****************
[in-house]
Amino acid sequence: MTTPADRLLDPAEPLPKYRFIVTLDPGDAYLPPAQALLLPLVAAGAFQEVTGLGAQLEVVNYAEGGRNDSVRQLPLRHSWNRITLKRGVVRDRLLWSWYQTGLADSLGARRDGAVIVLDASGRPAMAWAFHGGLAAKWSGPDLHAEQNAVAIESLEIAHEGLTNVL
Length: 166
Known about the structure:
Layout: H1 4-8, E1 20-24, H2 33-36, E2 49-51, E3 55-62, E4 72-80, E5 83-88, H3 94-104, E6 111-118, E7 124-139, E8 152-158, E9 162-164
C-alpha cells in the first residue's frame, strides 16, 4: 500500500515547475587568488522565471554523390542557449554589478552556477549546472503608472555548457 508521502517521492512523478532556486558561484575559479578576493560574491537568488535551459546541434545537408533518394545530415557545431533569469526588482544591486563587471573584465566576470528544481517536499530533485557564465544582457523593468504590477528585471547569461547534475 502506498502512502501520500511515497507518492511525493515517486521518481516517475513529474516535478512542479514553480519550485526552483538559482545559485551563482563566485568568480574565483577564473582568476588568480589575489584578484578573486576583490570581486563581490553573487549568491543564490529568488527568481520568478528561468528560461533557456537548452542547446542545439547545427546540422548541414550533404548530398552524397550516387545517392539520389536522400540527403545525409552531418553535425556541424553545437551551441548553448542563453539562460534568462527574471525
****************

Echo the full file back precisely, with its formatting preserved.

[in-house]
Amino acid sequence: MTTPADRLLDPAEPLPKYRFIVTLDPGDAYLPPAQALLLPLVAAGAFQEVTGLGAQLEVVNYAEGGRNDSVRQLPLRHSWNRITLKRGVVRDRLLWSWYQTGLADSLGARRDGAVIVLDASGRPAMAWAFHGGLAAKWSGPDLHAEQNAVAIESLEIAHEGLTNVL
Length: 166
Known about the structure:
Layout: H1 4-8, E1 20-24, H2 33-36, E2 49-51, E3 55-62, E4 72-80, E5 83-88, H3 94-104, E6 111-118, E7 124-139, E8 152-158, E9 162-164
C-alpha cells in the first residue's frame, strides 16, 4: 500500500515547475587568488522565471554523390542557449554589478552556477549546472503608472555548457 508521502517521492512523478532556486558561484575559479578576493560574491537568488535551459546541434545537408533518394545530415557545431533569469526588482544591486563587471573584465566576470528544481517536499530533485557564465544582457523593468504590477528585471547569461547534475 502506498502512502501520500511515497507518492511525493515517486521518481516517475513529474516535478512542479514553480519550485526552483538559482545559485551563482563566485568568480574565483577564473582568476588568480589575489584578484578573486576583490570581486563581490553573487549568491543564490529568488527568481520568478528561468528560461533557456537548452542547446542545439547545427546540422548541414550533404548530398552524397550516387545517392539520389536522400540527403545525409552531418553535425556541424553545437551551441548553448542563453539562460534568462527574471525